With this small set you can learn about how the global commodity market works. These commodities are heavily traded by institutional funds, especially quantitative funds and commodity brokers. Liquidity of these commodities is ample.

Commodity Indices

At this point, interested readers should take a look at an index known as the Commodity Research Bureau index (CRB).

For years, there was no equivalent of a ‘blue chip’ index in the commodity market. In the 1960s, some agencies started to gather some commodity returns and started an index. This became the CRB index – a standard commodity index for many investors. A word of caution: Calculations of this index have changed dramatically over time. Constituent commodities were altered; pricing methods modified significantly. Refinitiv, the data company, is maintaining this index.

Currently, the CRB index is comprised of 19 commodities (factsheet here). The largest weighting comes from energy contracts (39%) followed by agriculture (34%). The Index’s historical price movements is highly interesting as bear and bull markets interchanged regularly.


Direct & Indirect Commodity Exposure

There are two ways to gain exposure to commodities: Direct and indirect.

If you want to own commodities such as gold directly, you buy gold bars/coins from a reputable dealer and store them in your house (or in a bank vault). This method entails risk since the metal can be stolen or misappropriated. Plus, you need a warehouse if you buy barrels of oil or stacks of copper.

Did you know that during the Great Depression owning gold is forbidden? The Gold Reserve Act of 1934 banned household from owning the yellow metal for some years. While such restrictions have been lifted, many prefer to own commodities indirectly.

The most common way to trade commodities indirectly is via futures. Commodity futures have been around for many decades. They are a form of financial derivatives and are a permanent feature of the financial landscape. Aspiring traders should learn these contracts well. A small snapshot of available commodity futures are shown below:


To trade commodities profitably, you will have to learn about futures contracts and many of the terminologies, such as expiry contracts, contract symbols, rollover dates, specifications of each commodity, margin requirements (initial and maintenance), embedded leverage, contango/backwardation, forward pricing, basis trading et cetera.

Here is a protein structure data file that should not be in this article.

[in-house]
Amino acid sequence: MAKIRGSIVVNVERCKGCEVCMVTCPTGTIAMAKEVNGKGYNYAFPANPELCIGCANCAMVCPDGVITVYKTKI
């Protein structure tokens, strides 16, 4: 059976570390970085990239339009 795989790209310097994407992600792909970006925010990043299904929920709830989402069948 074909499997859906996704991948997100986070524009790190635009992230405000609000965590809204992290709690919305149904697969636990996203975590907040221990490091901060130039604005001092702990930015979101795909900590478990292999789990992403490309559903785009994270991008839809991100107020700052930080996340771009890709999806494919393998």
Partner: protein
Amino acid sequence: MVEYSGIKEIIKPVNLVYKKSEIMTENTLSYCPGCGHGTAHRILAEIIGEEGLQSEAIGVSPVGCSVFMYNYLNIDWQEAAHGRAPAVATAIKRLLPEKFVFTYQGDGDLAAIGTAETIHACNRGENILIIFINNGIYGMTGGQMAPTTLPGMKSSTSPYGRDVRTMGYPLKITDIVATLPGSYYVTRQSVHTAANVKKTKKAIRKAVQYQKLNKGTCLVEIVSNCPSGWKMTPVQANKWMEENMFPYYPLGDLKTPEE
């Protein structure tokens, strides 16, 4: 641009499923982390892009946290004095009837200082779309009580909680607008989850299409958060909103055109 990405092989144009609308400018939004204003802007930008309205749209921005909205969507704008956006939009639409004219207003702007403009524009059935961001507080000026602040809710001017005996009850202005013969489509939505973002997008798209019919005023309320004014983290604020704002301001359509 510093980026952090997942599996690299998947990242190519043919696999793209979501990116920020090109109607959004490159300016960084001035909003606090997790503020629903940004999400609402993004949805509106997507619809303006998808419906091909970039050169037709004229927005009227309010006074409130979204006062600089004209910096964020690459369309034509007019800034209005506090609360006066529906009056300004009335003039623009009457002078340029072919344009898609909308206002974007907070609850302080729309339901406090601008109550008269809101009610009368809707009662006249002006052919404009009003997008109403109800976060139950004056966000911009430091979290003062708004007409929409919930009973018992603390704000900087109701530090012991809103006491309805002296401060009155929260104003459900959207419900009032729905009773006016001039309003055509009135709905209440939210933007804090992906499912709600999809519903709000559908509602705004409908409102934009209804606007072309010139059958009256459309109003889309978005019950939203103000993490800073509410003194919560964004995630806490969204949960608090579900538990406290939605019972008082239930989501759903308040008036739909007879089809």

Some commodity futures contracts may be too large for novice traders, unless the accounts are well capitalised.

Another thing worth remembering about futures is that traders can sell short the contract. Commodity prices move up and down regularly. When traders take a bearish view of a commodity, they can open a sell position. If prices dive, they profit from it. They can buy the contract back (or roll over to the next nearest month) when it is near expiry.

Commodity Sector Returns Vary Over Time

One important characteristic of the commodity asset class is that each commodity is different. Just like a stock market contains different sectors and stocks. These commodities are priced differently due to their unique supply and demand dynamics.

For example, crude oil suddenly skyrocket due to bigger-than-expected OPEC cuts; while industrial metals sink on falling demand. We can hardly lump all commodities together and expecting them perform similarly.

Moreover, the performance of these commodities varies significantly over time. Look at the chart below – a chart ranking the performance of different commodities from 2013 to 2022.

In 2015, lithium was the best performer in the commodity world. Next year coal topped the table. In 2020, silver rose to the top spot. The return gap between the best and worst-performing commodities each year was huge. Sometimes they’re over 30-50 percent (see below).

And the yearly price swings can be massive. In 2018 and 2019, for instance, lithium prices slumped by 55% and 39% respectively. Then in 2021, it soared by 442%; followed by another impressive 72% jump in 2022.

Therefore predicting the return of a single commodity in any single year is difficult. Most traders focus on trends. You should do so too.

Source: visual

What Drives Commodity Prices?

Commodity markets are impacted by many factors. Some of it is macro; some are supply-demand related. To generalised further, the impact of each factor may vary over time. Sometimes, macro concerns dominate. At times, supply issues spark concerns.

All in all, there are about four broad factors that move commodity prices:

  1. Supply and demand
  2. US Dollar
  3. Business cycle
  4. Unpredictable shocks

Supply & Demand

For most commodities, the basic rule is that supply and demand drive prices. Supply shocks are mostly down to natural disasters, unpredictable weather, or sudden export bans. This is hard to predict since a devastating frost can happen at any time.

As a rule of thumb, when a commodity is scarce – be it oil or food – prices go up. When the supply is plentiful, prices drop. Of course, like all other financial instruments, prices can overshoot to the upside and on the downside, depending on investor psychology.

US Dollar

The second driver of the commodity market is the movement of the US Dollar. Why? This is because most commodities are priced in the greenback.